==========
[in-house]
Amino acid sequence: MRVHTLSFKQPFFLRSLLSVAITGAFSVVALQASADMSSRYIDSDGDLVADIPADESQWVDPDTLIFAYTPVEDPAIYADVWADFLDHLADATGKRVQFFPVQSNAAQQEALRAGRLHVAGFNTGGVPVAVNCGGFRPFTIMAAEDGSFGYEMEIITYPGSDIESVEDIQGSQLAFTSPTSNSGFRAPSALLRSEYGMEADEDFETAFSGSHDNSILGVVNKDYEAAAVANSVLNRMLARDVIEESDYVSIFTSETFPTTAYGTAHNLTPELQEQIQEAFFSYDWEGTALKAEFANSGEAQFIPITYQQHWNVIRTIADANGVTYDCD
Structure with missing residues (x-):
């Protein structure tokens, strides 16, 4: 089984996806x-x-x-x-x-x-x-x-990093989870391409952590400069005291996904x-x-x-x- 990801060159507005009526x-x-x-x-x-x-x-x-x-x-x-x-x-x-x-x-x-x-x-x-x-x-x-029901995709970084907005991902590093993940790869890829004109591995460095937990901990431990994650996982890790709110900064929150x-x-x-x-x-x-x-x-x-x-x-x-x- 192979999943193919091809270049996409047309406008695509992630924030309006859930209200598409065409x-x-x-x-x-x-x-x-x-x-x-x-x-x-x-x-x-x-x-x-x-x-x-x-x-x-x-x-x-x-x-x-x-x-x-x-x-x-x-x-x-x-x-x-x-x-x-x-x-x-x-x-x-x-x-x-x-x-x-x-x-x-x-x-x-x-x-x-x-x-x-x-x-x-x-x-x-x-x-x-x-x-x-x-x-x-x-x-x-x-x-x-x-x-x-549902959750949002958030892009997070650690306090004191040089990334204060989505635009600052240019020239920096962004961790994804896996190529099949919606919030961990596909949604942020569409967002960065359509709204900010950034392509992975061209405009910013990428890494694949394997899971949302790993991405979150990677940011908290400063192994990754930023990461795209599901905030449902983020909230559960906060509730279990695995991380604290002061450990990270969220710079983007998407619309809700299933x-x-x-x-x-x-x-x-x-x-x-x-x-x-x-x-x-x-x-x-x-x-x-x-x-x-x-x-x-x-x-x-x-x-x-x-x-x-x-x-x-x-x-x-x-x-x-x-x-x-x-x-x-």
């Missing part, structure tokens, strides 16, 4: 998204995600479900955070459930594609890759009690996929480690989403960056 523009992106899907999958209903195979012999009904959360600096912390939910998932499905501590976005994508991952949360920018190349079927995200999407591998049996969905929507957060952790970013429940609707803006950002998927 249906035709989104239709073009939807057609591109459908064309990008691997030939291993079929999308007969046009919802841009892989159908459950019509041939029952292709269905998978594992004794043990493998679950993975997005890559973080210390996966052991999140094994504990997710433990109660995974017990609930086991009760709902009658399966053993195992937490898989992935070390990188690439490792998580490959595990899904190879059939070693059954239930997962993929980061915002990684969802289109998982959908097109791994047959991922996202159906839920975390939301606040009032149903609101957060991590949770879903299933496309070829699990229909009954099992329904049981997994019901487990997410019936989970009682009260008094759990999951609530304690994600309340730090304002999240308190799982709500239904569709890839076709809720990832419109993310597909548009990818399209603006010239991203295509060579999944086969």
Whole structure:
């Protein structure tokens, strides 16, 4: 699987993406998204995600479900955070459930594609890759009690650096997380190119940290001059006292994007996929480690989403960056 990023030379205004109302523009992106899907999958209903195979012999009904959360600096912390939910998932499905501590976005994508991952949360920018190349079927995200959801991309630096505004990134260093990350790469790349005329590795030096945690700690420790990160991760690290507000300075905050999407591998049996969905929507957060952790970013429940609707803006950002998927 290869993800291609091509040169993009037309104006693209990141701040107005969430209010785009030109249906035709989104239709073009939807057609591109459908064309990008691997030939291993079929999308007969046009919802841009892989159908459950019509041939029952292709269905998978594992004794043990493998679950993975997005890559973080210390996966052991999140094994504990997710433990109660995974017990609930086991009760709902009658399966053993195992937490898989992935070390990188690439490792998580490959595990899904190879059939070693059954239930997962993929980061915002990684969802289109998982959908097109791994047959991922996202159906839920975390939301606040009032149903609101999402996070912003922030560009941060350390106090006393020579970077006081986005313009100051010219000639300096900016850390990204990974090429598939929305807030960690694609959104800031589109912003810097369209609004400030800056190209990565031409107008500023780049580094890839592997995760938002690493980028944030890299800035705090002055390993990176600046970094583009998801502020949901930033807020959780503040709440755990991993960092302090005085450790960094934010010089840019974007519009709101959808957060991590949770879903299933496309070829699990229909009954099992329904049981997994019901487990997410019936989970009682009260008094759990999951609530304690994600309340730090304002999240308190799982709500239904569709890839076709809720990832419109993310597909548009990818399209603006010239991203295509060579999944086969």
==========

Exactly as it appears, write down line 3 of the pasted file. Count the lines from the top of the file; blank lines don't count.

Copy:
Structure with missing residues (x-):